A new book on Australia’s role in Asia finds the country has moved to a new phase in its relationships with the region.
From towing back boats to cattle bans and ignored pleas for clemency, it would seem that Australia is picking fights it can’t win with its Asian neighbours.
But this wasn’t and doesn’t always have to be the case.
A new book by ANU College of Asia and the Pacific foreign affairs expert Dr Andrew Carr, confronts the question of just how much influence Australia can have in Asia. He finds that Australia has been surprisingly influential as a middle power, yet some of the key foundations of that influence are slipping away.
To be launched at Parliament House by The Australian’s editor-at-large Paul Kelly this Wednesday, Winning the peace: Australia’s campaign to change the Asia-Pacific provides an innovative re-telling of the story of Australia’s engagement with Asia. It outlines how Australia has flexed its muscle and affected change on issues like weapons of mass destruction, trade and asylum seekers.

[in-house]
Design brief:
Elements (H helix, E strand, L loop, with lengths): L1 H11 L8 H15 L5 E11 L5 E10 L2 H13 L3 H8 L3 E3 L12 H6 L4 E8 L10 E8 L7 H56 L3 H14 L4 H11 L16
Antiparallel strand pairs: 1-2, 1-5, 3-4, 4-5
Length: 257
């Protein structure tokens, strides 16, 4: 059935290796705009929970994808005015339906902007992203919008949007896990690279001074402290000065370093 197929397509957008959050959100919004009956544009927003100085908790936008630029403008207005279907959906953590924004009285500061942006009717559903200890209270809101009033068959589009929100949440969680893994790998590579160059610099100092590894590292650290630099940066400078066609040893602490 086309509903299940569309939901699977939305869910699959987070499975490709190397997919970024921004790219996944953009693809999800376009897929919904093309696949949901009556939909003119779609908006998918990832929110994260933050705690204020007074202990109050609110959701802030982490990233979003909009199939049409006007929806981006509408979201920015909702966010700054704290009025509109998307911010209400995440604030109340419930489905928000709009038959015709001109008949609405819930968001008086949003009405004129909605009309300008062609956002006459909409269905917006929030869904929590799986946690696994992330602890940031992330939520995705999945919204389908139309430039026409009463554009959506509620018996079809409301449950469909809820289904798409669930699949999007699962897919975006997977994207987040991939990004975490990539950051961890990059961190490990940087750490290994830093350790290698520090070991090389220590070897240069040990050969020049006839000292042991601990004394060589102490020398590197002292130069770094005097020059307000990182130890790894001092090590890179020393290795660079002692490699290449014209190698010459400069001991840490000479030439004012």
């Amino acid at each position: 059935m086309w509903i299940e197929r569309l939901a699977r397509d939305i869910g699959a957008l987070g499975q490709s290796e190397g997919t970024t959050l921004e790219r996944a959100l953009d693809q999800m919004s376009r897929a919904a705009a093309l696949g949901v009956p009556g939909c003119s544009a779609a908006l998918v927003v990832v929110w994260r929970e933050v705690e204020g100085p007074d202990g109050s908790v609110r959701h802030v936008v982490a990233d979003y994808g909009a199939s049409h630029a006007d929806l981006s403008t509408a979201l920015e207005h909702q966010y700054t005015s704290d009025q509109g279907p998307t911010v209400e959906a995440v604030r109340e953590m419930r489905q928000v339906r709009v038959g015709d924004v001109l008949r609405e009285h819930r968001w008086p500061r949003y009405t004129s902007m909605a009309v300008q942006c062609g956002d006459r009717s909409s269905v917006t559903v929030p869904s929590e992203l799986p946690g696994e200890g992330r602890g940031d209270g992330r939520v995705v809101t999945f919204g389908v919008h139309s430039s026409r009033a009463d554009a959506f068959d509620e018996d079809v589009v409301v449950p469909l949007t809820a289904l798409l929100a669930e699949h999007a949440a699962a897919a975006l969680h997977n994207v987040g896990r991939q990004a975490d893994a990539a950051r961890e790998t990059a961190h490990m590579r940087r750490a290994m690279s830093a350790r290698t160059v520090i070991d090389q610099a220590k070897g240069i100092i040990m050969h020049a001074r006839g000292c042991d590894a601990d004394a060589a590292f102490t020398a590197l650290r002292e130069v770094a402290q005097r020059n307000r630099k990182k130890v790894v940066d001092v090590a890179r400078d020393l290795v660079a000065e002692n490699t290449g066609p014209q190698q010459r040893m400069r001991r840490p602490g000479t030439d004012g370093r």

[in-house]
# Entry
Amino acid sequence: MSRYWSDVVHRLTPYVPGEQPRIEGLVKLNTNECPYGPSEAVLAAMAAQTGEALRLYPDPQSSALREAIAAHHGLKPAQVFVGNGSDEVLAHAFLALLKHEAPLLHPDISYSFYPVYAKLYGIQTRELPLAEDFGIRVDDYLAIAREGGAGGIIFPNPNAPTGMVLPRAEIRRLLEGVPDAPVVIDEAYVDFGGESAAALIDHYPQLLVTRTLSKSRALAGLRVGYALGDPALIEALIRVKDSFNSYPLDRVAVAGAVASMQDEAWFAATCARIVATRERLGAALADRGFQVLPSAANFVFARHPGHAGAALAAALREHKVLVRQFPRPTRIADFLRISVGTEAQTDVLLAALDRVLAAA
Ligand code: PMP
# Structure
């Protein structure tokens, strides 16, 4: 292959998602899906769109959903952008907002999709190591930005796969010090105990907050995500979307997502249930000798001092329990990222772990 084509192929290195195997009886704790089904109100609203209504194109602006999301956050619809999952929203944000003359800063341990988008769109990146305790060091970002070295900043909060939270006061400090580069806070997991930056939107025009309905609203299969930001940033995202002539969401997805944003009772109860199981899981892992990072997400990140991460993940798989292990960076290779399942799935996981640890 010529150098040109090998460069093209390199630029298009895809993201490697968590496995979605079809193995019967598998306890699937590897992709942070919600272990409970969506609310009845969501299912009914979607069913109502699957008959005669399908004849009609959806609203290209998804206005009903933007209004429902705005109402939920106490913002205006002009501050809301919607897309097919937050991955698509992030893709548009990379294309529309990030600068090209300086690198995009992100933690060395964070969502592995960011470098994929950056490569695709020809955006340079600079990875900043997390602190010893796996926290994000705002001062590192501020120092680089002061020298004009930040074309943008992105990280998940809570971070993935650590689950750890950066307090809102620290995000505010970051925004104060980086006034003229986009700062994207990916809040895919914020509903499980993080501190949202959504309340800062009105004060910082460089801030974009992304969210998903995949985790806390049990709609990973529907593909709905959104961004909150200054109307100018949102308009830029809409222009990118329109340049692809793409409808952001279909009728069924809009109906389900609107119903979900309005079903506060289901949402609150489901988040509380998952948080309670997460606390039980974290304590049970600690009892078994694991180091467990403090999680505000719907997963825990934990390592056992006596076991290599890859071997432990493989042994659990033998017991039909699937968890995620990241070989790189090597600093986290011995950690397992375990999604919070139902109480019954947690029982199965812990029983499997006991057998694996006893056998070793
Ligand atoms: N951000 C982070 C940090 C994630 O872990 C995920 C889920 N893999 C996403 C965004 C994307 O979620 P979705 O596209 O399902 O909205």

“The era of Australia’s engagement with Asia is now over,” says Dr Carr from the ANU Strategic and Defence Studies Centre.
“After thirty years of effort we are thoroughly integrated in the region. However many of the advantages that gave Australia influence during this period are also at an end.”
“The engagement has been confirmed and now the challenges of a married relationship begin, with all the extra roles and responsibilities.”
Head of the ANU Strategic and Defence Studies Centre Dr Brendan Taylor said that “Winning the Peace marks a paradigm shift in Australian foreign policy thinking.”
“After decades of ultimately successful struggle for security with rather than against our region, Carr’s new book is a must read for Australian policymakers tasked with keeping Australia peaceful, prosperous and influential in the so-called Asian century” Dr Taylor said.